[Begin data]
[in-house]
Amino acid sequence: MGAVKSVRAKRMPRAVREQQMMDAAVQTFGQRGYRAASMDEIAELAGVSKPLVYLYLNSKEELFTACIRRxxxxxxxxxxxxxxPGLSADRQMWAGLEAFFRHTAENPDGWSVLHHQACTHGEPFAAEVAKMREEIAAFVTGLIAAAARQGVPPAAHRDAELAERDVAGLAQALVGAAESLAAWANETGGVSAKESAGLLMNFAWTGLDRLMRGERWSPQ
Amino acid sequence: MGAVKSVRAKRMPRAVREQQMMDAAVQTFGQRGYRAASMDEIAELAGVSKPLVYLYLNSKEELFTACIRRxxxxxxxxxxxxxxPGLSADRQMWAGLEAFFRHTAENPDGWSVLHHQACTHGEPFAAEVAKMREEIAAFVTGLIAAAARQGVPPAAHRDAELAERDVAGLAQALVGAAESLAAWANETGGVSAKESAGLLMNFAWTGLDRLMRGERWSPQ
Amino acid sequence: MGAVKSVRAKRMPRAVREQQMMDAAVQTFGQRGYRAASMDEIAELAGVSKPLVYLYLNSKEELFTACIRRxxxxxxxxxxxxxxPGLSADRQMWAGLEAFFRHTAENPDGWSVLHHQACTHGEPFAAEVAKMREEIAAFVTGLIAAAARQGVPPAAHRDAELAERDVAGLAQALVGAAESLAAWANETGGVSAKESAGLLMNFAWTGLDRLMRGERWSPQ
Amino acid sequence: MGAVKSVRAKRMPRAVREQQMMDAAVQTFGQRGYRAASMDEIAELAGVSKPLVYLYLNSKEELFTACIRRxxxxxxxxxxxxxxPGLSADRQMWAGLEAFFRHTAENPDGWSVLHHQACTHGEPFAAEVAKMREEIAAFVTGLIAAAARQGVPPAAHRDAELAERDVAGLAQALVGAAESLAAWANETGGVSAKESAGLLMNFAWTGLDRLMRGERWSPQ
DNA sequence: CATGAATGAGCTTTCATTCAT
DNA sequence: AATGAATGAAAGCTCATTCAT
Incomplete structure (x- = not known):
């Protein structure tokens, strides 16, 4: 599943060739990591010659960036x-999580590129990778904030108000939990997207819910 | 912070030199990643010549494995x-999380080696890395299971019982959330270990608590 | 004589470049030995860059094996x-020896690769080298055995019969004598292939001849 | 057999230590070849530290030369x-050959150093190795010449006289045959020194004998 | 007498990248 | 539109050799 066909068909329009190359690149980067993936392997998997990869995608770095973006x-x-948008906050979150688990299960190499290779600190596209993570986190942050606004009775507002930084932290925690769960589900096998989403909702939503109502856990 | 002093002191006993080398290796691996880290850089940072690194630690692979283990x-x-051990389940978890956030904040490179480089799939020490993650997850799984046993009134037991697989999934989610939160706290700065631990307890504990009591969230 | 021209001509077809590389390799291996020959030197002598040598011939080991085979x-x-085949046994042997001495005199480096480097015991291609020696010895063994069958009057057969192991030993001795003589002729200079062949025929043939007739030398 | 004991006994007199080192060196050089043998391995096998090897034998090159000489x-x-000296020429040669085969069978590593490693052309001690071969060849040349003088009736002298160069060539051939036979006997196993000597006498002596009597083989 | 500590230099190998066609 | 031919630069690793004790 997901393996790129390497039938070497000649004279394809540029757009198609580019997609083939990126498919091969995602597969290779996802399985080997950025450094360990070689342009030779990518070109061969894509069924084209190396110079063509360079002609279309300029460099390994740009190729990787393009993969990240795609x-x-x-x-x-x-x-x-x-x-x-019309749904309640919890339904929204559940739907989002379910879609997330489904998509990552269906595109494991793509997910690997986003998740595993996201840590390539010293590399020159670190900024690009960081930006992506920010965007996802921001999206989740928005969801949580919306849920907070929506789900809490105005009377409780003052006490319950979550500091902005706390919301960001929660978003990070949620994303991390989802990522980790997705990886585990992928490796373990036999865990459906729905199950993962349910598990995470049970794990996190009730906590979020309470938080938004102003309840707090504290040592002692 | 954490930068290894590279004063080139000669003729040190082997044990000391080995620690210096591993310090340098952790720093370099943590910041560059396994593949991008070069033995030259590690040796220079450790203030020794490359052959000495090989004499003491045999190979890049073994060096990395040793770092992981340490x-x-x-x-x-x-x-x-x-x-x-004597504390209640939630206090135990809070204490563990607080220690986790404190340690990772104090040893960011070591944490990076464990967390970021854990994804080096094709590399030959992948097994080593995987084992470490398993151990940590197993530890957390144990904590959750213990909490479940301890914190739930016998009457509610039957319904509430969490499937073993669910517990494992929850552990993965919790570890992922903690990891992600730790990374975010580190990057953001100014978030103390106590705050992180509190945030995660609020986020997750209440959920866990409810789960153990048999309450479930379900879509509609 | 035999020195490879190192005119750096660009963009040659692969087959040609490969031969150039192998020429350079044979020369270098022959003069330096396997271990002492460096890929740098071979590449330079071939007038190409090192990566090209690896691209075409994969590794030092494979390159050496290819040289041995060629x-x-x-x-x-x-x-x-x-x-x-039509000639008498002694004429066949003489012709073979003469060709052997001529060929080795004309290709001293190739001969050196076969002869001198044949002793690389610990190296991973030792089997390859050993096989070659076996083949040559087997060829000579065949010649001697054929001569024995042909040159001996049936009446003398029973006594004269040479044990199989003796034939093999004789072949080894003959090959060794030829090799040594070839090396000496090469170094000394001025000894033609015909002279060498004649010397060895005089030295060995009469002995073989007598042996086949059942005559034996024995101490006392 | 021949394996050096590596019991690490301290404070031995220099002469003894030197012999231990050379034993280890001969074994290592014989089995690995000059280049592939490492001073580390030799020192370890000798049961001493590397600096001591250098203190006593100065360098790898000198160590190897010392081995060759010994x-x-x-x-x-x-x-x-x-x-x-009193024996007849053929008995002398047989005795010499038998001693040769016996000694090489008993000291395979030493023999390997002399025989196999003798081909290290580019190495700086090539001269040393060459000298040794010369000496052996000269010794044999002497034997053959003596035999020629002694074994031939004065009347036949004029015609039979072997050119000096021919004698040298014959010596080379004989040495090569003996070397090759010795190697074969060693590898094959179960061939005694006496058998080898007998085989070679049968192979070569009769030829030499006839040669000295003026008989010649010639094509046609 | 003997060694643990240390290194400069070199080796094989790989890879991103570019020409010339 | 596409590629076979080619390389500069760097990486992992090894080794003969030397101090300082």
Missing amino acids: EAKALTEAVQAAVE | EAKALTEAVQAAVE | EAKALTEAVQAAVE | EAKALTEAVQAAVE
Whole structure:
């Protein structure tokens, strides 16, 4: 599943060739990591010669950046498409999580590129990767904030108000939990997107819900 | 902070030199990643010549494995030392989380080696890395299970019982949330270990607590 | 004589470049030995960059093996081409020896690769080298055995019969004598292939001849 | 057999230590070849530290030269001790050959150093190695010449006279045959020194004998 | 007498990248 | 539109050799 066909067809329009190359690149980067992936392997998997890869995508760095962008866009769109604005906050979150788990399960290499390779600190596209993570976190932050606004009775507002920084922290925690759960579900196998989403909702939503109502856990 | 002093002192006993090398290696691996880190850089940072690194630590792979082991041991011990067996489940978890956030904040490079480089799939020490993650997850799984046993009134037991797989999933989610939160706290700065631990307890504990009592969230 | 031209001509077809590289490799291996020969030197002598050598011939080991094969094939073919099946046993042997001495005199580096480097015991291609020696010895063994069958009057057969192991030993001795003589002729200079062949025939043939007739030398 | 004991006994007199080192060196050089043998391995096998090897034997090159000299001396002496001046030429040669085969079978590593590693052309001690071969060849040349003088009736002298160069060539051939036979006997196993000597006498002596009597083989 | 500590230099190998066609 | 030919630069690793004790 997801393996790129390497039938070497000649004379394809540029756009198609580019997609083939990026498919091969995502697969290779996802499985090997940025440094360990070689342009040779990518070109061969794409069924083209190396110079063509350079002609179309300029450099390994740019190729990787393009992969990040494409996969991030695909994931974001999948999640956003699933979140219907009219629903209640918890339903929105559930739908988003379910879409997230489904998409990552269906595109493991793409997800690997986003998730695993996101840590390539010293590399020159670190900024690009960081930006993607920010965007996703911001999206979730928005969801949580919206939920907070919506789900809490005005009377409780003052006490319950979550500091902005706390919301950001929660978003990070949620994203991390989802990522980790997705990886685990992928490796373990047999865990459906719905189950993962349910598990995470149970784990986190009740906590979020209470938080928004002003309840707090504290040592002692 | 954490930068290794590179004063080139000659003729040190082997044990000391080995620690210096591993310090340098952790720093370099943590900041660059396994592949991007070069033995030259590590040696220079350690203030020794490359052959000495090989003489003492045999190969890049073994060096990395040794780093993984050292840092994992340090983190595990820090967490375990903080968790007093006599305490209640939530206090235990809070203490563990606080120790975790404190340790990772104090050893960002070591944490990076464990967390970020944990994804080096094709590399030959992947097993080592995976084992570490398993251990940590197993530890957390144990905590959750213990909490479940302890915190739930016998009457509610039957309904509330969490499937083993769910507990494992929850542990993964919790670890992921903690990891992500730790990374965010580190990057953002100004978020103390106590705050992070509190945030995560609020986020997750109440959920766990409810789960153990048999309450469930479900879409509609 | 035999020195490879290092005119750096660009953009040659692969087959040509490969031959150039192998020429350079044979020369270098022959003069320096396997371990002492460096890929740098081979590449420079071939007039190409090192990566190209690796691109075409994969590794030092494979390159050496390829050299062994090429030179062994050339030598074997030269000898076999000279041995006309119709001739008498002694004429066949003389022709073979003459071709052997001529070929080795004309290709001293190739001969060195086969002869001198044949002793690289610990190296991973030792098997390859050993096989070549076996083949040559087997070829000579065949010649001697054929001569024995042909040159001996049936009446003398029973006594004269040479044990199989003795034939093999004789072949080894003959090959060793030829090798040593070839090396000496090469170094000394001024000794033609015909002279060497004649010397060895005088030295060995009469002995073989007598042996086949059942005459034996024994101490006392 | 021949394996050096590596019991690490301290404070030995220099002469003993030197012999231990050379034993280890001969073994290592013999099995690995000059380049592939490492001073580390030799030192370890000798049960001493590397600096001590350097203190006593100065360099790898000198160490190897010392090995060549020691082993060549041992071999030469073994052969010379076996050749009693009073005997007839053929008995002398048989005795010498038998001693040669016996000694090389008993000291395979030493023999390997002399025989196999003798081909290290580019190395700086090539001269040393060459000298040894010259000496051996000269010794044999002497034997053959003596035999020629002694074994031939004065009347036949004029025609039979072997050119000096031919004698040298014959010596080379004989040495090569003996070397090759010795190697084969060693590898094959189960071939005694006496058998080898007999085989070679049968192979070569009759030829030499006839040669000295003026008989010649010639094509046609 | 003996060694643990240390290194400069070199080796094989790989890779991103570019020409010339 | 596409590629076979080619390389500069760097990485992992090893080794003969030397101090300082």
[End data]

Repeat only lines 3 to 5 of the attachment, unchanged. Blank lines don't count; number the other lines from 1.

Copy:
Amino acid sequence: MGAVKSVRAKRMPRAVREQQMMDAAVQTFGQRGYRAASMDEIAELAGVSKPLVYLYLNSKEELFTACIRRxxxxxxxxxxxxxxPGLSADRQMWAGLEAFFRHTAENPDGWSVLHHQACTHGEPFAAEVAKMREEIAAFVTGLIAAAARQGVPPAAHRDAELAERDVAGLAQALVGAAESLAAWANETGGVSAKESAGLLMNFAWTGLDRLMRGERWSPQ
Amino acid sequence: MGAVKSVRAKRMPRAVREQQMMDAAVQTFGQRGYRAASMDEIAELAGVSKPLVYLYLNSKEELFTACIRRxxxxxxxxxxxxxxPGLSADRQMWAGLEAFFRHTAENPDGWSVLHHQACTHGEPFAAEVAKMREEIAAFVTGLIAAAARQGVPPAAHRDAELAERDVAGLAQALVGAAESLAAWANETGGVSAKESAGLLMNFAWTGLDRLMRGERWSPQ
Amino acid sequence: MGAVKSVRAKRMPRAVREQQMMDAAVQTFGQRGYRAASMDEIAELAGVSKPLVYLYLNSKEELFTACIRRxxxxxxxxxxxxxxPGLSADRQMWAGLEAFFRHTAENPDGWSVLHHQACTHGEPFAAEVAKMREEIAAFVTGLIAAAARQGVPPAAHRDAELAERDVAGLAQALVGAAESLAAWANETGGVSAKESAGLLMNFAWTGLDRLMRGERWSPQ